ADLI Successfully Defends Business Against ADA Violation Claim Brought by Frequent ADA Litigant Plaintiff’s Attorney
In the past few years, the number of complaints filed in federal court alleging violations of the Americans with Disabilities Act (“ADA”) for construction-related deficiencies has skyrocketed. In the Central District of California alone, such cases have risen from composing approximately 3% of all civil actions filed in 2013 to compose 24% of all civil actions filed in the first few months of 2019.
While the ADA is meant to protect those with disabilities and enable them to have full and equal enjoyment to public places, frequently, the ADA is exploited by professional plaintiffs, who make a living out of suing hundreds of businesses each year. Since relief under the ADA is available for even unintentional or technical violations, and because successful plaintiffs are allowed their attorney’s fees, many small businesses are not willing to take the risk to engage in litigation, or do not have the resources to fight back against these often frivolous suits. Professional plaintiffs, and the law firms who serve them, regularly rely on small businesses’ fear of lengthy, drawn-out litigation and high attorney’s fees to force early settlements.
In November, frequent ADA litigant Plaintiff Brian Whitaker brought a complaint about such a claim against a small business operating an espresso bar in Glendale. The complaint claimed the business violated the ADA by not providing ADA accessible tables. Knowing they were in compliance with the ADA, the company came to ADLI, who had previous experience dealing both with Brian Whitaker and his law firm Potter Handy LLP.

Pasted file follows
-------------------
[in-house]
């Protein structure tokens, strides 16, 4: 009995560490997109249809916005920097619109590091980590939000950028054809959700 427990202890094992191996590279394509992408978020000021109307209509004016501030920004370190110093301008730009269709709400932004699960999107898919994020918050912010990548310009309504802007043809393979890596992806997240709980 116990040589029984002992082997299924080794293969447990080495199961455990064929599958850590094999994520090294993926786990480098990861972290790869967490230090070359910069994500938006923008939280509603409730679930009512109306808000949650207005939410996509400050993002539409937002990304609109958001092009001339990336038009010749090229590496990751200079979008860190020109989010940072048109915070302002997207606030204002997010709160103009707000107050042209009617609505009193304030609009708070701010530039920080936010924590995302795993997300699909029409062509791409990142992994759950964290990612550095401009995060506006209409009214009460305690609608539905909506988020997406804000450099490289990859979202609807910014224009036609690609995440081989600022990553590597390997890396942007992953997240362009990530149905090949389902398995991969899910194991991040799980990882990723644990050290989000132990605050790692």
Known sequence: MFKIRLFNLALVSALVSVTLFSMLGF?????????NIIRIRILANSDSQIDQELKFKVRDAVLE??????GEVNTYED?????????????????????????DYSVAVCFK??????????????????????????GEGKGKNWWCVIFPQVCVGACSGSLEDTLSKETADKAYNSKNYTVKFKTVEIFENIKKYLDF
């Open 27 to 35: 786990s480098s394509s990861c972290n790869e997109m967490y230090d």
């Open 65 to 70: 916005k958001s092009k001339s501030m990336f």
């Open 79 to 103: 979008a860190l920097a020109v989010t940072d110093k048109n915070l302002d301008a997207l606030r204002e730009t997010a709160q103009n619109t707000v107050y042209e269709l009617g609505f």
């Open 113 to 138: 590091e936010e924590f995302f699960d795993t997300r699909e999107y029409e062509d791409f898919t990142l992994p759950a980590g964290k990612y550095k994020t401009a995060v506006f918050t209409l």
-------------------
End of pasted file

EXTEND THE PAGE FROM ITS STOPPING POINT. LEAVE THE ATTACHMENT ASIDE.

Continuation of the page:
After obtaining exculpatory testimony and evidence from the business owner, ADLI filed a motion to dismiss the case under Federal Rule of Civil Procedure 12(b)(1) for lack of Article III standing and mootness. Ultimately ADLI was successful in demonstrating to the Court that the Plaintiff had suffered no injury and that the business indeed had an ADA compliant table. The Court found that the Plaintiff did not have standing to bring his claim and that his claim was moot due to the business’ compliance with the ADA. Not only did the Court dismiss the Plaintiff’s case in its entirety, but it also awarded costs of suit to the Defendant.
ADLI has served several businesses facing similar cases at reasonable fee arrangements. To learn more about the firm’s business litigation practice, click here.